Nice profile and editorial in the Rolling Stone about Michele Bachmann.
Bachmann is a religious zealot whose brain is a raging electrical storm of divine visions and paranoid delusions. She believes that the Chinese are plotting to replace the dollar bill, that light bulbs are killing our dogs and cats, and that God personally chose her to become both an IRS attorney who would spend years hounding taxpayers and a raging anti-tax Tea Party crusader against big government.
[…] in an attempt to reassure the unbeliever of her non-threateningness, is one of the scariest sights in the entire American cultural tableau.
In modern American politics, being the right kind of ignorant and entertainingly crazy is like having a big right hand in boxing; you’ve always got a puncher’s chance.
But by the time you’ve finished reviewing her record of lies and embellishments and contradictions, you’ll have no idea if she actually believes in her own divine inspiration, or whether it’s a big con job.
[…] in which case this hard-charging challenger for the GOP nomination is a rare breed of political psychopath, equal parts crazed Divine Wind kamikaze-for-Jesus and calculating, six-faced Machiavellian prevaricator. Whatever she is, she’s no joke.
Originally a division of Oral Roberts University, this august academy [Bachmann’s alma mater], dedicated to the teaching of “the law from a biblical worldview,” has gone through no fewer than three names — including the Christian Broadcasting Network School of Law.
Michele took a job as a tax attorney collecting for the IRS and spent the next four years sucking on the tit of the Internal Revenue Service, which makes her Tea Party-leader hypocrisy quotient about average.
But before long, parents began to complain that Bachmann and her cronies were trying to bombard the students with Christian dogma — advocating the inclusion of something called the “12 Biblical Principles” into the curriculum, pushing the teaching of creationism and banning the showing of the Disney movie Aladdin because it promoted witchcraft.
“She thought it was a socialist plot to turn our children into little worker-automatons,”
The theme of socialists scheming to herd children into a factorylike system of predetermined occupations still comes up often in Bachmann’s rhetoric.
Bachmannites despise IB because its “universal” curriculum refuses to recognize the superiority of Christianity to other religions.
In another version of the story told by Bachmann, she ran against Laidig only because a GOP endorsing convention in April of that year spontaneously selected her, prompting yet another Home Alone extreme-surprise moment. “I came in wearing jeans, a sweatshirt and moccasins, and I had no makeup on at all,” she said. “I had made not one phone call, and spent not five cents, and I did not solicit a vote.”
Bachmann lies because she can’t help it, because it’s a built-in component of both her genetics and her ideology. She is at once the most entertaining and the most dangerous kind of liar, a turbocharged cross between a born bullshit artist and a religious fanatic, for whom lying to the infidel is a kind of holy duty.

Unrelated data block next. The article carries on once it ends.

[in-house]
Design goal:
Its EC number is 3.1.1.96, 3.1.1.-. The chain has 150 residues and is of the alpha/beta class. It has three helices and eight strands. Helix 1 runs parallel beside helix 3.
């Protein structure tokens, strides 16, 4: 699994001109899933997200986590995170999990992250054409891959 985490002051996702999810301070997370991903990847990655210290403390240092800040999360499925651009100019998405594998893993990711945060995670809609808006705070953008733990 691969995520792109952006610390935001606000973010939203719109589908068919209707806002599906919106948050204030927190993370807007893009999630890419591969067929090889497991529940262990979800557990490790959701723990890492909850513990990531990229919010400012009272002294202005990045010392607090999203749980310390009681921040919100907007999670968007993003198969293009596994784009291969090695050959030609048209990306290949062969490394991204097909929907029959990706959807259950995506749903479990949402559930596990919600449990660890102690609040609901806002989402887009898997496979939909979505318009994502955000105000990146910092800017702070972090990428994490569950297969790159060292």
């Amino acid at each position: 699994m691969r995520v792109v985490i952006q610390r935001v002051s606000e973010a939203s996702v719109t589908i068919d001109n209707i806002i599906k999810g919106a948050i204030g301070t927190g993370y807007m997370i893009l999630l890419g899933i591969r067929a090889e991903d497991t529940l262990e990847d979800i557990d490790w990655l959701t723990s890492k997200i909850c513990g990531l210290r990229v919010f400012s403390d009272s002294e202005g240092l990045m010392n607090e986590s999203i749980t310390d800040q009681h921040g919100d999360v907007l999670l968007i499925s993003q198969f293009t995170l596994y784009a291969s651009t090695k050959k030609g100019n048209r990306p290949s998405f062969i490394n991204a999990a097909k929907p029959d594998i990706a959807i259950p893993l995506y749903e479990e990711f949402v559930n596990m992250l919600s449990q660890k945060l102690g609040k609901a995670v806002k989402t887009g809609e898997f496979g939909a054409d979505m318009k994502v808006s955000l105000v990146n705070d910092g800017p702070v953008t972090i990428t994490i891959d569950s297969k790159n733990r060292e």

The first was a jeremiad against school standards, which fizzled out when Ventura’s replacement, then-governor and current presidential rival Tim Pawlenty, backed his own version of school standards with the coming of No Child Left Behind. The other was a hysterical campaign against gay marriage that involved some of the strangest behavior ever attributed to an American elected official.
Bachmann somehow took this to mean that the Obama administration might force ordinary Americans to abandon their familiar green dollar bills for some international and no doubt atheist currency.
She called gay marriage an “earthquake issue,” insisting that failure to pass her proposal would mean that “sex curriculum would essentially be taught by the gay community” and that “little K-12 children will be forced to learn that homosexuality is normal, natural, and perhaps they should try it.”
A photo shows Bachmann, only the top of her Stepford head visible, crouched alone in an extreme catcher’s squat behind the Capitol shrubbery. She later insisted she wasn’t hiding at all, but resting because her heels hurt.
Images of Michele Bachmann squatting behind a bush or hiding from lesbians in a bathroom would seem to be punch lines of funny stories, but they are not. The real punch line is that rather than destroying her politically, these incidents helped propel her into Congress.
Snickering readers in New York or Los Angeles might be tempted by all of this to conclude that Bachmann is uniquely crazy. But in fact, such tales by Bachmann work precisely because there are a great many people in America just like Bachmann, people who believe that God tells them what condiments to put on their hamburgers, who can’t tell the difference between Soviet Communism and a Stafford loan, but can certainly tell the difference between being mocked and being taken seriously.